• PM Prem was punched in the nose
by a reportedly mentally disturbed
student, Kwanchai Vorasut, aged 27.
The incident occurred after Prem left
the closing ceremony of intervarsity
games at Ramkhamhaeng University
in Bangkok. Kwanchai was taken
to the Hua Mark police station for
questioning. It was reported that
he had previously been admitted to
mental hospitals on several occasions.
• Poppy fields were destroyed by army
rangers in Ban Pang Oong in the mountainous northern Thai province of Mae Hong Son. The eradication campaign was launched by the Third Army and anti-narcotic agencies tasked with destroying about 25,000 rai of opium fields in Chiang Mai, Mae Hong Son, Tak, Chiang Ra and Nan provinces.
• Specially trained commandos equipped with military helicopters were deployed to Sakhon Nakhon provincial prison where 13 inmates armed with hand grenades and knives had taken the governor and four wardens hostages on New Year’s Eve. After two days of negotiations the inmates came outside the building with the hostages, holding grenades to their heads and demanding guns and get-away vehicles. Government marksmen killed 10 of the inmates and two others were taken inside the prison and shot there while apparently trying to flee. One prisoner was reportedly killed earlier by inmates after he refused to cooperate in the escape plan.
1986 saw the opening of the Shangri-La Hotel and Vibhavadi Hospital in Bangkok, as well as the founding of Advance Information Service (AIS) mobile phone operator.
● The King presided over the official opening of Khao Laem Dam in Kanchanaburi province. The dam was equipped with 1,000-kilowatt generators and took five years to finish.
● Following an ambush by CPT guerrillas that wounded nine soldiers, Thai military
gunships attacked CPT strongholds at Betong in Yala province.
● Divorces were up in Bangkok. According to city records, out of 38,288 couples
married in 1985 in Bangkok, 8,865 were already divorced. Adviser to city clerk Anek Singtoroj said that divorce rates were increasing especially among people aged 40-50 and those who were ‘the most economically secure’.
● The Cabinet approved a proposal by the Communication Ministry headed by
Samak Sundaravej to scrap a planned 20-billion baht international airport at Nong Ngu Hao in Samut Prakan. The plan to build the airport there had been debated for about two decades and the government reportedly had already spent one billion baht on a feasibility survey. Samak told the Cabinet the project was uneconomical. Eventually, however, Suvarnabhumi airport was built on the Samut Prakan site.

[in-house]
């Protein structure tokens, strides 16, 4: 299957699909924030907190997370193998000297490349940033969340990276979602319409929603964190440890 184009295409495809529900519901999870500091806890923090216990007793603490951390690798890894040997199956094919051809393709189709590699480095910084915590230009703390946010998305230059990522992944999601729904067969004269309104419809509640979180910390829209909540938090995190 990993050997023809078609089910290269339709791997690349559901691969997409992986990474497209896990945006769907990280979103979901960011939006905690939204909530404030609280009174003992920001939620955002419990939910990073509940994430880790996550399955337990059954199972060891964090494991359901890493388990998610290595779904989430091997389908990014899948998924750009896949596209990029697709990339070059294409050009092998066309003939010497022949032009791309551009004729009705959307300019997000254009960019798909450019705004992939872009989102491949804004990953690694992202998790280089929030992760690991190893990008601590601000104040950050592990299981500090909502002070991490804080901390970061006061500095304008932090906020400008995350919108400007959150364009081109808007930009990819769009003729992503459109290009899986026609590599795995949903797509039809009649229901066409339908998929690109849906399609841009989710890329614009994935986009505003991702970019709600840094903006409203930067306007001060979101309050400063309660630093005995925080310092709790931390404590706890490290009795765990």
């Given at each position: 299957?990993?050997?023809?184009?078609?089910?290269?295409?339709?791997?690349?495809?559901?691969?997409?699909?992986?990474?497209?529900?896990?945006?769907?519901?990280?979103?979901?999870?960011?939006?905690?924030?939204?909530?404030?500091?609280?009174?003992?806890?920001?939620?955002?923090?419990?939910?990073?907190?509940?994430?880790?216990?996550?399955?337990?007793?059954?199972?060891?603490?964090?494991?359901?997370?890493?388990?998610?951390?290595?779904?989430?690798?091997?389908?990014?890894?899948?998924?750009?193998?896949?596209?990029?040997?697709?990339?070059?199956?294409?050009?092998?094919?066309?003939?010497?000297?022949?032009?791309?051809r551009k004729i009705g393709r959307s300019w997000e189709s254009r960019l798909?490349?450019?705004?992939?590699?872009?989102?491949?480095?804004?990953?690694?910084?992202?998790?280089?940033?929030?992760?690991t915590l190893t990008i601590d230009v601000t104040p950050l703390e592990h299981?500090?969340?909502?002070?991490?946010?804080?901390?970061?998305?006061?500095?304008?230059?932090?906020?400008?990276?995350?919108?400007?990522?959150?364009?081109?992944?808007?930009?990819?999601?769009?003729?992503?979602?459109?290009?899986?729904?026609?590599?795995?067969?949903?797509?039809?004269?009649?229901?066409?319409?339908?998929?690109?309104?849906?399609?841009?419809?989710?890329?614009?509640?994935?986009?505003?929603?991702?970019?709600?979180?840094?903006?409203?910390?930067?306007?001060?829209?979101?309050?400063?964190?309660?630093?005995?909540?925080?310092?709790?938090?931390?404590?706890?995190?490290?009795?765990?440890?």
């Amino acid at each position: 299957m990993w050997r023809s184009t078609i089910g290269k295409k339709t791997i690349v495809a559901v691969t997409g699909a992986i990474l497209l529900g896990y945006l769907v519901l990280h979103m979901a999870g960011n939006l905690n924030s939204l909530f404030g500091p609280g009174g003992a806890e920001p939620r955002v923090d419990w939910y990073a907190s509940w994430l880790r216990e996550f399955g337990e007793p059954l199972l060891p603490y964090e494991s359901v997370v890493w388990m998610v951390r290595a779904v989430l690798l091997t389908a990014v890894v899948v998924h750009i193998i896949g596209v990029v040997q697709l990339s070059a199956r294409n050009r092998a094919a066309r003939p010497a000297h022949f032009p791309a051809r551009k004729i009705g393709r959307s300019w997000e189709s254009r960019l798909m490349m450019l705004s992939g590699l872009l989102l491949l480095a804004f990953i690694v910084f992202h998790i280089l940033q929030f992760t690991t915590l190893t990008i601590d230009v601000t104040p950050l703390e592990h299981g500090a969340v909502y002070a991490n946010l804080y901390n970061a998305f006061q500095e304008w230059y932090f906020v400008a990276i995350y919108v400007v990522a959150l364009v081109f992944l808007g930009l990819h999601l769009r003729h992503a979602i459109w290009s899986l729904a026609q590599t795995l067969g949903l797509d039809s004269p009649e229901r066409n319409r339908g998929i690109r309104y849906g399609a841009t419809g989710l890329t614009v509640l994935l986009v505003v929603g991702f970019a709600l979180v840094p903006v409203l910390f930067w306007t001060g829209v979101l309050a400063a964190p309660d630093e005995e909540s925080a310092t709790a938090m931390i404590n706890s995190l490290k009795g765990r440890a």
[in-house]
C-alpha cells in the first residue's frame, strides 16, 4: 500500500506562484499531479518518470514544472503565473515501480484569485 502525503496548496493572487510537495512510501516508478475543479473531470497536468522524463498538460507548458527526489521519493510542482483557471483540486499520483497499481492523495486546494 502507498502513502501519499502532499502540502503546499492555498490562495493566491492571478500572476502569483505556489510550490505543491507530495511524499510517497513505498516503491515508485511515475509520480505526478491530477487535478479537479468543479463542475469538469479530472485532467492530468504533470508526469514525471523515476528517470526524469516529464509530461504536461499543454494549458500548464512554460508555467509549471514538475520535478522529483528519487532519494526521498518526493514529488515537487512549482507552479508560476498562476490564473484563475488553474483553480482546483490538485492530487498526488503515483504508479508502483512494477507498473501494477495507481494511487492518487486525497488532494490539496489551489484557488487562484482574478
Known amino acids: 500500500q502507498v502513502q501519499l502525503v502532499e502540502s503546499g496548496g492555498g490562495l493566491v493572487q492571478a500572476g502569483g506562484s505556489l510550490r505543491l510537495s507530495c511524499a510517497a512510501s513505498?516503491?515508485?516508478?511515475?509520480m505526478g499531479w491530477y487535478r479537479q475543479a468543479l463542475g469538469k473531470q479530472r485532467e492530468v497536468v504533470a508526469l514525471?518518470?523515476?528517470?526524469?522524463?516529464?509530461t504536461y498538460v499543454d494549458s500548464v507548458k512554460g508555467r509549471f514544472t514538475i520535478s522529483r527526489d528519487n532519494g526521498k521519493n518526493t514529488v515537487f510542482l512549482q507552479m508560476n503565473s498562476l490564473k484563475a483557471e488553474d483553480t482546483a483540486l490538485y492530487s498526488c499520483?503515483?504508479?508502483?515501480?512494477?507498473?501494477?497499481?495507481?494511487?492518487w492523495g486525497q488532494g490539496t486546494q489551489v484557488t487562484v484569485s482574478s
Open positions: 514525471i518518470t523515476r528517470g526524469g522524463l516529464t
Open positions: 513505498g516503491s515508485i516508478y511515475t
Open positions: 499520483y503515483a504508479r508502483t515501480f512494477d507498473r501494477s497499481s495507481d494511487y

● Pizza Hut became the biggest restaurant chain in Thailand after opening its sixth
outlet at Siam Jusco department store.
● In a shocking move PM Prem replaced Gen Arthit with Army Commander-
in-Chief Gen Chavalit Youngchaiyut. Analysts said the reason for the abrupt change of command was the perception that Gen Arthit was a threat to Prem’s hold on power.
● Parliament was dissolved by the King after the government was narrowly
defeated in a vote on legislation outlining an increase in registration fees for diesel and LPG-fuel vehicles.
● A state of emergency was declared in Phuket after a mob set fire to a controversial
1.2 billion baht tantalum metal plant due to be open in October. The plant was damaged beyond repair. The mob also set fire to the five-star Phuket Merlin Hotel causing an estimated 50 million baht in damages. Around 50,000 people protested for weeks against the plant, claiming it would destroy the environment and tourism. When Industry Minister Chirayu Issarangkul went to Phuket to discuss the matter he was confronted by the mob, which proceeded to the plant and set it alight. The mob also set fire to Merlin Hotel where the minister was staying. Forty seven people were arrested and charged with arson and looting.
● The Telephone Organization of Thailand introduced a cellular telephone system at Siam Intercontinental Hotel in Bangkok.
● Klong Toey port was paralyzed after hundreds of workers went on a two-day
strike to protest a Cabinet decision allowing Express Transit Authority to take over the crane service from the Port Authority of Thailand.
● Prem was appointed as the country 16th prime minister after general elections
held on July 27. The Democrat Party won 100 seats, Chart Thai Party 63, Social Action Party 51 and Rassadorn Party 18 seats.
● Prem approved the reinstatement of 28 ‘Young Turks’ who were dismissed
from the army after the failed coup of April 1, 1981.
● Thai teenage snooker player, Wattana Pu-Ob-Orm, also known as ‘James’ Wattana, won the Camus Masters Championship held in Chiang Mai Plaza Hotel. The 16-year-old beat three-time world champion Steve Davies in the semifinal and Terry Griffiths in the final.
● Parliament passed amendments to the Criminal Code making it punishable by
life in prison to have sexual intercourse with a child less than 15 years old, with or without the child’s consent.
● The Interior Minister told the governors of the southern provinces of Yala, Pattani and Narathiwat to lift ban on Islamic dress for female state officials.
● A runaway train broke through barriers at Hua Lamphong railway station in
Bangkok, killing four people and injuring four others.
*Sources for this story include archives of UPI, AFP, the Bangkok Post, The Nation and Wikipedia.